Then there was the problem of how to get away, our reef could have been just one of a constellation of uncharted hazards, we could have been in a cul-de-sac of hazards, surrounded on three sides. I backed out slowly in the pitch darkness of a moonless night, turned 180º while praying not to smash into something in the wide turning circle, and then retraced our incoming track back towards deeper water.
The drizzle had turned to proper rain by this time, finally joined by wind and waves. I could see absolutely nothing and decided to move no more. We dropped the anchor in fifty meters of open sea, buffeted by a mild tropical storm, with no guarantee that we wouldn’t swing on our chain and bash into another invisible hazard.
Sleep was an impossibility with so much adrenaline still coursing through my blood, along with fears of how we could eventually navigate the ship north beyond these reefs to safe waters. I was standing in the wheelhouse trying to calm down when I noticed a cargo ship about ten miles east of us, steaming northbound in the general direction we needed to go. It was certainly a deeper vessel than Arka Kinari, so I figured that anywhere that it went, we could go. I called them on the marine radio and asked “what is your safe route”, they answered “we don’t know, we’re confused and improvising”. Another small consolation, because I wasn’t alone in thinking these were navigable waters, even a cargo ship with a professional crew was out there stumbling through this labyrinth in the pitch dark.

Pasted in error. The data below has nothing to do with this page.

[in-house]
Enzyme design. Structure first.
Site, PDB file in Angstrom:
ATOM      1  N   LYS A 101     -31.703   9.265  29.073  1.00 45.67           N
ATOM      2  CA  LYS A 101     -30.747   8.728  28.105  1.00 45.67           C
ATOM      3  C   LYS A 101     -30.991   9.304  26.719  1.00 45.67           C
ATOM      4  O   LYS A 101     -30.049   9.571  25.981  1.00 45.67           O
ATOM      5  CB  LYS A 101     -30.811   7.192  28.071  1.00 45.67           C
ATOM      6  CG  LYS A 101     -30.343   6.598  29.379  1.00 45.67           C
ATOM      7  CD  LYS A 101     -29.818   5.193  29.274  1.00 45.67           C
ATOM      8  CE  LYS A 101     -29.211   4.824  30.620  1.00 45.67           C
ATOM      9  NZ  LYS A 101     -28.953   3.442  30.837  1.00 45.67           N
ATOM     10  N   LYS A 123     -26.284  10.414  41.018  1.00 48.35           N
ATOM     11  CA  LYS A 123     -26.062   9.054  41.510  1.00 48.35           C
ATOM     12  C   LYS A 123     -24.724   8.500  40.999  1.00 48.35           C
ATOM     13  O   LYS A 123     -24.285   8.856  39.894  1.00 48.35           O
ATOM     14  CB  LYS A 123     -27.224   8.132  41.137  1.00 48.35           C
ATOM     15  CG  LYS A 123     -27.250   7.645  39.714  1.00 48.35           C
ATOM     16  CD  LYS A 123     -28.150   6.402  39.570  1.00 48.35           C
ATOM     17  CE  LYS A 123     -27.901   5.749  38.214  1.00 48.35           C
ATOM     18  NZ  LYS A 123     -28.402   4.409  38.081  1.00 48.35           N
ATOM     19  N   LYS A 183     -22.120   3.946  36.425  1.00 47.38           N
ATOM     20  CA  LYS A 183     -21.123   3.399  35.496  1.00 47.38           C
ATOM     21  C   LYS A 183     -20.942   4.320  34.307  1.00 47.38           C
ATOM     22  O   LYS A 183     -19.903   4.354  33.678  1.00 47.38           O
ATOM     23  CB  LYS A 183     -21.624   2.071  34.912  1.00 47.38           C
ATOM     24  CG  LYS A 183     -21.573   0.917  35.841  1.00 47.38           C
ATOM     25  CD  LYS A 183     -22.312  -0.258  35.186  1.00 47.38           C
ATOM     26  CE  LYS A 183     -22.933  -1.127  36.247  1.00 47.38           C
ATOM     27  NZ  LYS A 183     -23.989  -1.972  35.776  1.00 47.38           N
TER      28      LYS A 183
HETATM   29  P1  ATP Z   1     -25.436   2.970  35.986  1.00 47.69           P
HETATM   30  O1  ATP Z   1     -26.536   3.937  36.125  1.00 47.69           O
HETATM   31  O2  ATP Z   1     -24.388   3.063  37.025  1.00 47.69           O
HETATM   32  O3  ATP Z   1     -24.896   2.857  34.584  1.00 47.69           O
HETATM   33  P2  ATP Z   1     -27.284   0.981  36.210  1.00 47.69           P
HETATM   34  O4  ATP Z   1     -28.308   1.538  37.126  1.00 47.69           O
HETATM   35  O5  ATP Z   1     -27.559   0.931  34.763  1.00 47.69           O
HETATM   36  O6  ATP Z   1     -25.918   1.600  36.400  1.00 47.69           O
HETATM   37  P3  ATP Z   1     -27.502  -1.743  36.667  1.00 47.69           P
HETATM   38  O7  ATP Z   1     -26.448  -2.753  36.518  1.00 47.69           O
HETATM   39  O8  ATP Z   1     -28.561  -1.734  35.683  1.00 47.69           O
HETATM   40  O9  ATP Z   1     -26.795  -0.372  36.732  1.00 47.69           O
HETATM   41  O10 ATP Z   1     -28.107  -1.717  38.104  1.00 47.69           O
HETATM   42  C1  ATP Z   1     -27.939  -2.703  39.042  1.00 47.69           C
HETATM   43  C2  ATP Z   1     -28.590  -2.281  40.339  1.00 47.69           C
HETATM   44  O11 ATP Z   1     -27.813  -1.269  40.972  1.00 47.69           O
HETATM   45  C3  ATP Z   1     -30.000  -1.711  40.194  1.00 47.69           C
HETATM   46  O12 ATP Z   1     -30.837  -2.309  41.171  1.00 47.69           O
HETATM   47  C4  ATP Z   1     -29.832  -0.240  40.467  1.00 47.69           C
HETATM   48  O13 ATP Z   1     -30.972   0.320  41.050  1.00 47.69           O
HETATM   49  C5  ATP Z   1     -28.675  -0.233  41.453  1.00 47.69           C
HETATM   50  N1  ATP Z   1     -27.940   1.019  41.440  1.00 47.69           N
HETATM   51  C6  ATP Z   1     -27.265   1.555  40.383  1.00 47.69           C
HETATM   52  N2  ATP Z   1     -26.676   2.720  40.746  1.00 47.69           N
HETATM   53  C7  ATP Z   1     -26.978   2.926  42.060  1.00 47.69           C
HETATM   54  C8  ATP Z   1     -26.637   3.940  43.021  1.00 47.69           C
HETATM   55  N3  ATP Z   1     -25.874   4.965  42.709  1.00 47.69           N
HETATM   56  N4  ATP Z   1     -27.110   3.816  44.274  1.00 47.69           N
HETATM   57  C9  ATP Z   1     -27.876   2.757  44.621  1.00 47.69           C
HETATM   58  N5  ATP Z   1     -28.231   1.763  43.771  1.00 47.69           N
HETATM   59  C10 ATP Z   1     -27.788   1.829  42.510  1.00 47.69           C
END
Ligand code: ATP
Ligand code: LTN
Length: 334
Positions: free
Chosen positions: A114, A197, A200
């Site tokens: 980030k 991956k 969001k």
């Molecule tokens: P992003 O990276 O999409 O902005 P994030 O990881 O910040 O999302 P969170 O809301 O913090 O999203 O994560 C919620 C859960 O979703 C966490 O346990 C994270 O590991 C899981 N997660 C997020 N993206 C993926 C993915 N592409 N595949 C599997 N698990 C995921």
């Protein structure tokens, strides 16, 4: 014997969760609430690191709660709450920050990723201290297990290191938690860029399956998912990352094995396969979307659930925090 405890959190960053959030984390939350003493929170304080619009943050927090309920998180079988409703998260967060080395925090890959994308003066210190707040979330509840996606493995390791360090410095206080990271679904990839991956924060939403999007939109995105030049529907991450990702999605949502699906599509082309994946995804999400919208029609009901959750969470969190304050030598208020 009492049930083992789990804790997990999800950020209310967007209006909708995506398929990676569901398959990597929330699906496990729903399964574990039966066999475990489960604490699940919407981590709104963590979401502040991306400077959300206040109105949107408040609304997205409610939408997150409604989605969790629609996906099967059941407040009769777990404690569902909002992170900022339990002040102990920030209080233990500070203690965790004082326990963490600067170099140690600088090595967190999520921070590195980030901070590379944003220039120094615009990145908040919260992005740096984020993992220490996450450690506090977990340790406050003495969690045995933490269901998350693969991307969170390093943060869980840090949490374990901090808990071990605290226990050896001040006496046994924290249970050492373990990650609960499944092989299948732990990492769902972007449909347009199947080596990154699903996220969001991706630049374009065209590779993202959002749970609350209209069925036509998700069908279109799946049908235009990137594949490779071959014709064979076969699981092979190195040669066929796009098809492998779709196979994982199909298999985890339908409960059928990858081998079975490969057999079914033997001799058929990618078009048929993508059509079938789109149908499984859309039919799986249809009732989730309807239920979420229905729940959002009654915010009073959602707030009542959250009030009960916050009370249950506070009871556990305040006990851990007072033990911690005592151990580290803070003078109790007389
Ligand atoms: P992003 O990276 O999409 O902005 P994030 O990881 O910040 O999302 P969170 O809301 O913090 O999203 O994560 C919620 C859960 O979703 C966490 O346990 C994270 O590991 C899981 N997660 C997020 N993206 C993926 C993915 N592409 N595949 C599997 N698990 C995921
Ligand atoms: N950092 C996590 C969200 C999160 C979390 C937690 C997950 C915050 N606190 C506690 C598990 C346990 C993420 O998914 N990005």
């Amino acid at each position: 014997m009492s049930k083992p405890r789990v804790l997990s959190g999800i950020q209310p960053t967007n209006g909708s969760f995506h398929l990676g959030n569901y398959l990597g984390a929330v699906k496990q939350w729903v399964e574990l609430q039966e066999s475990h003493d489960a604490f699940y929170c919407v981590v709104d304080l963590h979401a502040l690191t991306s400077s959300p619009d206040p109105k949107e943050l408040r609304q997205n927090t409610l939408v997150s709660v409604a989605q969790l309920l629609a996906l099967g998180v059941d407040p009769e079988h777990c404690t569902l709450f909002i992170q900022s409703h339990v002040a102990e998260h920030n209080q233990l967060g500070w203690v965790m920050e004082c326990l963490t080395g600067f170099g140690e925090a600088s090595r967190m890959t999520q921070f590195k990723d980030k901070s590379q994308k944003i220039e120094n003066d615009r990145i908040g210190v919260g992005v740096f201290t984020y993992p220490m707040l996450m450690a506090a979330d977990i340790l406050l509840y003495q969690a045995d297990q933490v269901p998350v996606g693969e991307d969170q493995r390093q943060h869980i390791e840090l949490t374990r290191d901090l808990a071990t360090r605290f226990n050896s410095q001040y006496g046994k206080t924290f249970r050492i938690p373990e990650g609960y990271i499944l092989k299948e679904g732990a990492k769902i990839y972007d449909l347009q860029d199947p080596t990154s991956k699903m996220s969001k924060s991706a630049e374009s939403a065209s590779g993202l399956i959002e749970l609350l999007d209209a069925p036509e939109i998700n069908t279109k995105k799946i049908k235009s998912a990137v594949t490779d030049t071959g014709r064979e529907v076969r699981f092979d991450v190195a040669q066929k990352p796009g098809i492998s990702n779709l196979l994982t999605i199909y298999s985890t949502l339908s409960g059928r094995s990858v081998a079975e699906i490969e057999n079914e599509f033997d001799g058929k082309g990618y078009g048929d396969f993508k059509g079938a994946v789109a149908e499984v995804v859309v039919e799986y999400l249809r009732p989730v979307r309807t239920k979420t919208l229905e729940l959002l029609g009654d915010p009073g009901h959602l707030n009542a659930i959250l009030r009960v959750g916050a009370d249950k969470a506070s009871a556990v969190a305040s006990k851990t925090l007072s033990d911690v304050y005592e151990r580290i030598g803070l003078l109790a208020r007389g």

Modern ships display their GPS positions to each other, so I could watch a little icon of their ship moving across my digital charts. A windfall! It was like having some fool run across a minefield first, allowing you to watch and take notes. So I stood in the muggy rain-beaten wheelhouse the remainder of that night, marking our charts for the cargo ship’s position every five minutes until they finally reached safe waters.
At dawn we raised the anchor and cautiously navigated the ten miles to the cargo ship’s initial position, then followed their trail of breadcrumbs. We came across one of fishing boats from previous day's failed towing operations, and they nearly caused a collision in their enthusiasm to cheer and film. (video)
By early afternoon we’d exited the warren of reefs and I could finally take a full deep breath, and by nightfall we snug in bay of Pare Pare, the town of Nova’s bugis ancestors, already starting to doubt if the last 24 hours had really happened, or it was just some awful nightmare.
Arka Kinari is one tough lady, that’s what you get with a mid-century Baltic fishing boat, seventy-five years old and still able to carve a meter-deep trench through a reef and come out unscathed. A lesser boat would have been in splinters with her swimming for the nearest island.
Among unlucky incidents this was a lucky one, the only lasting damage is to my psyche.
Thursday Island, AU
Created: 23 Nov 2023 / Updated: 23 Nov 2023